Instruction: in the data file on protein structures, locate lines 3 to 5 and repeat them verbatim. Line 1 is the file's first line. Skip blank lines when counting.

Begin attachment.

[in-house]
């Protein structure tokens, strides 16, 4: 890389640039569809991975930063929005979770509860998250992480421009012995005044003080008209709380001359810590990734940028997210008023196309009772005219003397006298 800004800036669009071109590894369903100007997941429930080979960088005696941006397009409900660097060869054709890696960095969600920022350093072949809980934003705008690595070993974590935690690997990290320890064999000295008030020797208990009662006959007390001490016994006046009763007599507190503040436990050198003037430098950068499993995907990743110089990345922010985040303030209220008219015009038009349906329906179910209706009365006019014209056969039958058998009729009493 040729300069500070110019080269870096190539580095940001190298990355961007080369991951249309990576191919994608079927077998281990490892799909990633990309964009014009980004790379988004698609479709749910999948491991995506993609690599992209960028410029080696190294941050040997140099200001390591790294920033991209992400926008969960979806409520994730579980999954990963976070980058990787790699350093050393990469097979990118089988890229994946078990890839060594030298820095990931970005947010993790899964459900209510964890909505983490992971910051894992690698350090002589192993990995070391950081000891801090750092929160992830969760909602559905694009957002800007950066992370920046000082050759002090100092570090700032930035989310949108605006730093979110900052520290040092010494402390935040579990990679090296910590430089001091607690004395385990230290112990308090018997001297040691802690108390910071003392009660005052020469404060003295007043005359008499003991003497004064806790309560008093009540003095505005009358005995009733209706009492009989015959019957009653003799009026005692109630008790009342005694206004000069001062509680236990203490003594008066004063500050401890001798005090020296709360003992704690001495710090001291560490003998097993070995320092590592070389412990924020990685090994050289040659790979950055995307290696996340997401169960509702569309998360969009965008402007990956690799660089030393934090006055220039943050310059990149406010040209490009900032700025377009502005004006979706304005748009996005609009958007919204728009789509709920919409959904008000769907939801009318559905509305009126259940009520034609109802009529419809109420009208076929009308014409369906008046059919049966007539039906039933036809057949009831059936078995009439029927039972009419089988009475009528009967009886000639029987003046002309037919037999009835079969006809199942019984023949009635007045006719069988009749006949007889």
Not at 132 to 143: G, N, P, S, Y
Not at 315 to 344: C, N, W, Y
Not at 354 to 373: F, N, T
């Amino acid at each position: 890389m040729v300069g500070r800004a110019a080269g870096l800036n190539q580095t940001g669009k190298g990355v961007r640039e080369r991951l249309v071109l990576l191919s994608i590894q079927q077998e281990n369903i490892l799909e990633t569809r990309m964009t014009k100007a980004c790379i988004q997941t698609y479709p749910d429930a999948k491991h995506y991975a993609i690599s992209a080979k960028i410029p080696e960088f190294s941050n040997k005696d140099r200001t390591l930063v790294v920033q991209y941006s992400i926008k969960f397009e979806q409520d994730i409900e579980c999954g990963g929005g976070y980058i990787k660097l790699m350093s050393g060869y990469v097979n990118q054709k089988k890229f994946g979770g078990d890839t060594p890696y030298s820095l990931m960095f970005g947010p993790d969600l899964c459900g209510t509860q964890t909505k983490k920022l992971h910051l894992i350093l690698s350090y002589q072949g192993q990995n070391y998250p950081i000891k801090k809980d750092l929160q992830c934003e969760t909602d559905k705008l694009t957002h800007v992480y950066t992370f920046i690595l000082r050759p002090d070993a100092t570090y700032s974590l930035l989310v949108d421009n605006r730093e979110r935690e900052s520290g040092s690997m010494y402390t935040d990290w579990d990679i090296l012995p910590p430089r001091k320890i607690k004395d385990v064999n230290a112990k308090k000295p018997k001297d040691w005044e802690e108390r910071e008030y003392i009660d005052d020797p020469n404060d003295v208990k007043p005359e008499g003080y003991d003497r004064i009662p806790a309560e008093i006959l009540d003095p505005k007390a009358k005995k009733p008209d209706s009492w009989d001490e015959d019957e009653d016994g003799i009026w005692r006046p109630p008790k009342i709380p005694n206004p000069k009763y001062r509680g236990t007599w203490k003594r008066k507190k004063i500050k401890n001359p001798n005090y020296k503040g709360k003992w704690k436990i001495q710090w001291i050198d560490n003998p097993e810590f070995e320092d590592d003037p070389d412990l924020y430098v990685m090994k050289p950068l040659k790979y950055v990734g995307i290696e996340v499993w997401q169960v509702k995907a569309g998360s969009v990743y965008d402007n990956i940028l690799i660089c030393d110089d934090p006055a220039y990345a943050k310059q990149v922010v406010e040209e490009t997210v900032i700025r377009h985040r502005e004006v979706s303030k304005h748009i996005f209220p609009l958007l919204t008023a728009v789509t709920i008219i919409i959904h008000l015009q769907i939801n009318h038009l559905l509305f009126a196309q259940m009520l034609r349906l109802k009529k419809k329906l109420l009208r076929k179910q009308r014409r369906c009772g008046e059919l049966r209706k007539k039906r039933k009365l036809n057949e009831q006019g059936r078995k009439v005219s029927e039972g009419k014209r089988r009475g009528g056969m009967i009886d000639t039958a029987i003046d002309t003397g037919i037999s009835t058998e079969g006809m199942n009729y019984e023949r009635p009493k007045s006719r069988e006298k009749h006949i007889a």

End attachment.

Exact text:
Not at 132 to 143: G, N, P, S, Y
Not at 315 to 344: C, N, W, Y
Not at 354 to 373: F, N, T